BEIJING (Reuters) - For 16-year-old Li Miaomiao, sore feet from wearing high heels for hours at a time and an achy jaw from constant smiling are worth the chance of hanging a medal around an athlete’s neck come the Beijing Olympics.
The willow-thin high school student is one of 34 Chinese girls “training” to be an Olympic medal presenter at the Beijing Foreign Affairs School (BFAS), one of several state-run colleges charged with producing camera-friendly girls for awards ceremonies.
When not balancing books on her head to improve posture during medal presentation rehearsal sessions, Li and her class-mates study English, cultural training and look at pictures of past medal presenters and their uniforms.
Most important for Li, though, is the smile.
“I practice at home, and smile to the mirror for an hour every day,” Li said, beaming radiantly in a red waistcoat and high heels on the sidelines of a class.
“I want to present my smile to the world, and let them know that the Chinese smile is the warmest.”
Beijing has earmarked about $40 billion to put on its best face for the Games, with Olympic venues accounting for only a small percentage.
Along with big-ticket items like subways and roads, Beijing has spent billions more on a beautification campaign that has seen whole neighborhoods razed and thousands of residents displaced.
But even as the paint dries on Olympic venues completed months ahead of schedule, officials remain concerned that Beijingers’ manners may spoil the party.
The fears have triggered a massive public relations campaign to eradicate rougher Chinese habits like spitting, and have mobilized hundreds of “civilization” volunteers to teach people to queue when boarding buses and subway carriages.
“Building the software for the Olympics is much harder than building the hardware,” said BFAS director Li Zhiqi.
“Personal qualities and mentality are firmly ingrained and therefore hard to change.”
Li says her school, which will also produce staff to wait on International Olympic Committee officials at their hotel, is doing its bit to mould well-mannered, natural communicators to deal with foreign guests.
“This is a huge opportunity for them. The Olympics will put them in front of the world’s audience and lead to a life-time of fortune,” Li said.
That is, if they make the grade.
Not unlike the more than 800,000 Chinese who have applied for only 100,000 Olympic volunteer positions on offer, the competition to become one of the coveted 380-odd medal presenters is cut-throat.
The 34 hopefuls at BFAS are up against specialist dance schools, universities and possibly winners of regional contests across the country, Li said.
Applicants are also up against biological constraints.
“Girls must be at least 1.63 meters tall ... There are no real weight restrictions but they mustn’t be too heavy,” Li said, citing selection criteria from the Cultural Activities Department of Beijing’s Organizing Committee for the Games.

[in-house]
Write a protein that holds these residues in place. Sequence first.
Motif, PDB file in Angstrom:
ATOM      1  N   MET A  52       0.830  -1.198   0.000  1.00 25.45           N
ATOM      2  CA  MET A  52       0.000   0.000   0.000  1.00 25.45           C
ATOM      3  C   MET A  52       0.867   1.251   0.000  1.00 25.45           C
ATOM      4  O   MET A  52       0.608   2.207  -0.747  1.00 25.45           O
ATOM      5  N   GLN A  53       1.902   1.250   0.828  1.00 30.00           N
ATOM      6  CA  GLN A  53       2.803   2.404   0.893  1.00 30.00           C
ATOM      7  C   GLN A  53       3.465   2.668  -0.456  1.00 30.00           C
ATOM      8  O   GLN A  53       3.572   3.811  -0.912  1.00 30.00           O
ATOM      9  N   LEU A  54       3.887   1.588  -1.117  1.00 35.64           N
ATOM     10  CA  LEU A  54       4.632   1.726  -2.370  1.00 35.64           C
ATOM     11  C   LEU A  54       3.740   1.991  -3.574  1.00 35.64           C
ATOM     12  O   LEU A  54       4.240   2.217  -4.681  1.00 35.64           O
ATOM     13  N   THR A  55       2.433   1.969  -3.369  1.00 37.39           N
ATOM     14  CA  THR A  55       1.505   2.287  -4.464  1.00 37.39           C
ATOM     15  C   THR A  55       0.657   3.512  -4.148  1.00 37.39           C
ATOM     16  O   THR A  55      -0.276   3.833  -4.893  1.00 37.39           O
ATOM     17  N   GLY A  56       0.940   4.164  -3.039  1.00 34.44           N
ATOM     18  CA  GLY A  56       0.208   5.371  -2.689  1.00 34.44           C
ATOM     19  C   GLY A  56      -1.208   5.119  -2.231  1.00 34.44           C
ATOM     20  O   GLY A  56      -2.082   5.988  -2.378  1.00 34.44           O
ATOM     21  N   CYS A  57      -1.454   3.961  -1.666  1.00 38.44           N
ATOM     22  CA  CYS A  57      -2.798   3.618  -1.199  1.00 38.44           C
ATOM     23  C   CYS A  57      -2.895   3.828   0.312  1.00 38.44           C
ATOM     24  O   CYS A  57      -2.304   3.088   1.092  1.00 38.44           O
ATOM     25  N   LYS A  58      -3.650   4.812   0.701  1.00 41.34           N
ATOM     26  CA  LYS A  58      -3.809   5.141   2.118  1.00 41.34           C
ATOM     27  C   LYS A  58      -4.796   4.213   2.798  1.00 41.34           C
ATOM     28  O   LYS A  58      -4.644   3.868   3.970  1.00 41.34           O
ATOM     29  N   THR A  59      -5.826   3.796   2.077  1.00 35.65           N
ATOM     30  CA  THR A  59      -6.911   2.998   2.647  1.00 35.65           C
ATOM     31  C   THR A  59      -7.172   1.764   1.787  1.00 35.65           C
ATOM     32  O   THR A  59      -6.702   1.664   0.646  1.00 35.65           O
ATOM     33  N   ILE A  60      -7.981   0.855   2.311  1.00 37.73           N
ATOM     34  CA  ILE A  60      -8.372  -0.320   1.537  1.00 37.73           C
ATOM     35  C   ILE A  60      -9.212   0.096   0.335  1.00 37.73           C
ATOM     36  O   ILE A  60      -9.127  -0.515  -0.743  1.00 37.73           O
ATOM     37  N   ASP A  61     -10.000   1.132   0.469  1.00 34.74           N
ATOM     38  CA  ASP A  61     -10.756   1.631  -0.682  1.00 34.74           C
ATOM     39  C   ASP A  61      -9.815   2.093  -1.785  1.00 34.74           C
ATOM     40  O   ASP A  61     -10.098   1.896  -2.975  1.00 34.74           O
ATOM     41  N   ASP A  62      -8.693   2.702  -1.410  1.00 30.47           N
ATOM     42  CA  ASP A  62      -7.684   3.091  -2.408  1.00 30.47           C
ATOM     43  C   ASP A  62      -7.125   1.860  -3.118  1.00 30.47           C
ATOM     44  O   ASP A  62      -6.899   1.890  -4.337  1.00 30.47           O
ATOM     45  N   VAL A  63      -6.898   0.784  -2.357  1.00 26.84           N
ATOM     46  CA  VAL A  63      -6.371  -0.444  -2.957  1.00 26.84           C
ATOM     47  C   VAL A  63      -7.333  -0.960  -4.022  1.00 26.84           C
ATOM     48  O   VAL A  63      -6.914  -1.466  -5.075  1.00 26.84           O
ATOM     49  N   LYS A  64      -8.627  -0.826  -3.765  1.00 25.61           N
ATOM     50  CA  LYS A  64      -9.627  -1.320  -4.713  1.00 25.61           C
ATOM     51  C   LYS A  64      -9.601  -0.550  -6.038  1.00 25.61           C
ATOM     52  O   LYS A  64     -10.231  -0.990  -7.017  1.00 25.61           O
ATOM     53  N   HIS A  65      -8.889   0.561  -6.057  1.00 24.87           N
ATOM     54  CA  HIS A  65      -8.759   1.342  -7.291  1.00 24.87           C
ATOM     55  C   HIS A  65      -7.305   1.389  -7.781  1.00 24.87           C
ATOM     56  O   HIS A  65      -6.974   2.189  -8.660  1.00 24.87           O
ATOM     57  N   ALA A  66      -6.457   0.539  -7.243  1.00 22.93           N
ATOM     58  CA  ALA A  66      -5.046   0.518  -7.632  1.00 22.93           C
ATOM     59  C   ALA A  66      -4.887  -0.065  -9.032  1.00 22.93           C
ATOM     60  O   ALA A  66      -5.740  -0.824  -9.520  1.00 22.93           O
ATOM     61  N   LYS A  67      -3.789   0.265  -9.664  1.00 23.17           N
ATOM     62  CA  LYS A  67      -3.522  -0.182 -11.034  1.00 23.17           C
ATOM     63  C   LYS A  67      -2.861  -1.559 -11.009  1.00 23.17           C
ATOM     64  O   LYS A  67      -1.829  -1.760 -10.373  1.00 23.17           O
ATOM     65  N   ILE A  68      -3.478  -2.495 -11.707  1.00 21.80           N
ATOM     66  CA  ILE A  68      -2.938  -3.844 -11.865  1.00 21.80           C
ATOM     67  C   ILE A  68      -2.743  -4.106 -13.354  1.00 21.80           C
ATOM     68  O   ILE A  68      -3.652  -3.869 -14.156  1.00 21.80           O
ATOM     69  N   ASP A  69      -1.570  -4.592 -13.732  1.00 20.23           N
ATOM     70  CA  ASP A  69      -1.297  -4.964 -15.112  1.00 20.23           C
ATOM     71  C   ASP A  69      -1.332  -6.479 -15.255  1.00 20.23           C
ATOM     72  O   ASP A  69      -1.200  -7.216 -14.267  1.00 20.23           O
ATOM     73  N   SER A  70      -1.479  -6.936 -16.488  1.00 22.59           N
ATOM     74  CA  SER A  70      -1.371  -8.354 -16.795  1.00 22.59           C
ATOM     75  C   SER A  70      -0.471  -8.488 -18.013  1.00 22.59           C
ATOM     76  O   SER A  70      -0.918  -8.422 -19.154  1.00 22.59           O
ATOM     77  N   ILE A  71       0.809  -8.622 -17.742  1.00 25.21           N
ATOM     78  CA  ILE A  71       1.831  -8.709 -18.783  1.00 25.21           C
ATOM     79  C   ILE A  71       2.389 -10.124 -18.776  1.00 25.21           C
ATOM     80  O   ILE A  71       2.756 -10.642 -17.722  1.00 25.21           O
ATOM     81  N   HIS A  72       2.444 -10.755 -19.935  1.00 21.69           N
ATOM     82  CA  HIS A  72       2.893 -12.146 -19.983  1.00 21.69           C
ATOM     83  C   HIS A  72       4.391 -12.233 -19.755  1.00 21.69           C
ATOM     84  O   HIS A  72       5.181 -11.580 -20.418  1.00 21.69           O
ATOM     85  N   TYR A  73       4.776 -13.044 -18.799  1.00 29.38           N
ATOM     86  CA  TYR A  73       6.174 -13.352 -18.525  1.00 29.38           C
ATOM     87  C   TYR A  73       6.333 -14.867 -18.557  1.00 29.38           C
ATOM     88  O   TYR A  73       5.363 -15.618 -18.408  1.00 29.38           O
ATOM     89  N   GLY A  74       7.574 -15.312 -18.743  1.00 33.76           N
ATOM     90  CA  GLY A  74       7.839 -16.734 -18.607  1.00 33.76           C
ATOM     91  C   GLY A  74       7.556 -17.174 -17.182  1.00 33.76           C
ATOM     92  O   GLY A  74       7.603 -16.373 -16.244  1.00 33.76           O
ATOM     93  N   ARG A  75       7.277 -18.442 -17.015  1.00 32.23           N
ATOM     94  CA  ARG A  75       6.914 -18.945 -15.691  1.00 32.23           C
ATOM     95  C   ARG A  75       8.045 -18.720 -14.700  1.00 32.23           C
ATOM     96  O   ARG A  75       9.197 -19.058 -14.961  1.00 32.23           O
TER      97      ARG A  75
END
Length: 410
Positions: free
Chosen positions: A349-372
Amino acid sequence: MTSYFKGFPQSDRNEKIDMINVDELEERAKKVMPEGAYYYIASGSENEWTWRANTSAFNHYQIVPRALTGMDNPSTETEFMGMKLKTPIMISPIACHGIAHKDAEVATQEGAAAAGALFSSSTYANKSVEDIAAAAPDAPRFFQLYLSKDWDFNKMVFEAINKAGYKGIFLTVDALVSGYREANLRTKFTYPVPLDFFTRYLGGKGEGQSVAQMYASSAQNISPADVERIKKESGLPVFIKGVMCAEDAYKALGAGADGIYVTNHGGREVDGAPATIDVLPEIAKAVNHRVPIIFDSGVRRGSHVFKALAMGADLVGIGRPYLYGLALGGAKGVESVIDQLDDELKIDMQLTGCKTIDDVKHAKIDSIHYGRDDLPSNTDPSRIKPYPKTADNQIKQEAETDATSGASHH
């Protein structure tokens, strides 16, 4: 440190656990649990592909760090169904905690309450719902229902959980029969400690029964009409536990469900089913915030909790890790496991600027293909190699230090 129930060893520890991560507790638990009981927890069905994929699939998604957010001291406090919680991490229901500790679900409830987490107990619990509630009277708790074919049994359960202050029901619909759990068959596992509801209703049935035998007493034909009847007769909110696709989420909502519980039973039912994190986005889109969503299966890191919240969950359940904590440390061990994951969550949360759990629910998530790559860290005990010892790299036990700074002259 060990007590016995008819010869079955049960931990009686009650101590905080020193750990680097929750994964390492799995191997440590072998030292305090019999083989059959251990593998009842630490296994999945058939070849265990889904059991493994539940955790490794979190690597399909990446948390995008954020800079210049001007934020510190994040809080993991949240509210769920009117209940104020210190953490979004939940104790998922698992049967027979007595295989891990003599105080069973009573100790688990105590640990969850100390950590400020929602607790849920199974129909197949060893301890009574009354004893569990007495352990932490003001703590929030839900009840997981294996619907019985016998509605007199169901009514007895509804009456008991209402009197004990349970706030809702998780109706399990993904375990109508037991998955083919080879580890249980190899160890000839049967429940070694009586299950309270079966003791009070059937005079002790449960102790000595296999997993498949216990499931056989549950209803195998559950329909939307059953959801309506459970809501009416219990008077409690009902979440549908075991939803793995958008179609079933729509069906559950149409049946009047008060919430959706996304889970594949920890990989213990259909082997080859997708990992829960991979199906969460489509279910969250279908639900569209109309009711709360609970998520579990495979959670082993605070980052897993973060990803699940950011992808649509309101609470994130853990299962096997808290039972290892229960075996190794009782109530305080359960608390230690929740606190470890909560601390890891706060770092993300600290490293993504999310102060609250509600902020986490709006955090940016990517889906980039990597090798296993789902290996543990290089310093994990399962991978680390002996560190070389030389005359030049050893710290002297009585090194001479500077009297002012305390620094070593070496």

While Zhao Dongming, the department’s director, said the guidelines were so applicants could “fit into the uniforms being provided,” rights groups have cried discrimination.
“In planning the Olympics, officials at the highest levels of government should publicly condemn discrimination rather than reinforce harmful stereotypes and unfair hiring practices,” Brad Adams, Asia Executive Director of Human Rights Watch said in a statement.
Further exacting standards are demanded from BFAS’s students, some of whom attended an intensive summer training camp in Beijing’s northern outskirts, sleeping in dormitories and rising early to take classes in etiquette and deportment.
Apart from common-sense communication tips, such as looking directly at someone while talking to them, students are also informed the perfect smile consists of “only showing the eight top teeth,” according to 17-year-old student Li Bogeng, who wants to make cocktails for IOC officials.
For Li Miaomiao, who stands at 1.73 meters and unblinkingly rattles off her vital statistics when asked, the perfect smile comes naturally — after having practiced for hours in the mirror.
It no doubt helped Li become one of only seven girls chosen from dozens of applicants to present medals to winning boxers at an Olympic test event in Beijing last November.
“I have an air of elegance now, and my bearing has changed through this training program,” she said.
Being 16, Li is technically ineligible from becoming an Olympic presenter, where guidelines call for 18-25 year-old university students. But she rates herself a contender, anyway.
“I’m very confident. I think I have an 80 percent chance,” she said, flashing a winning smile.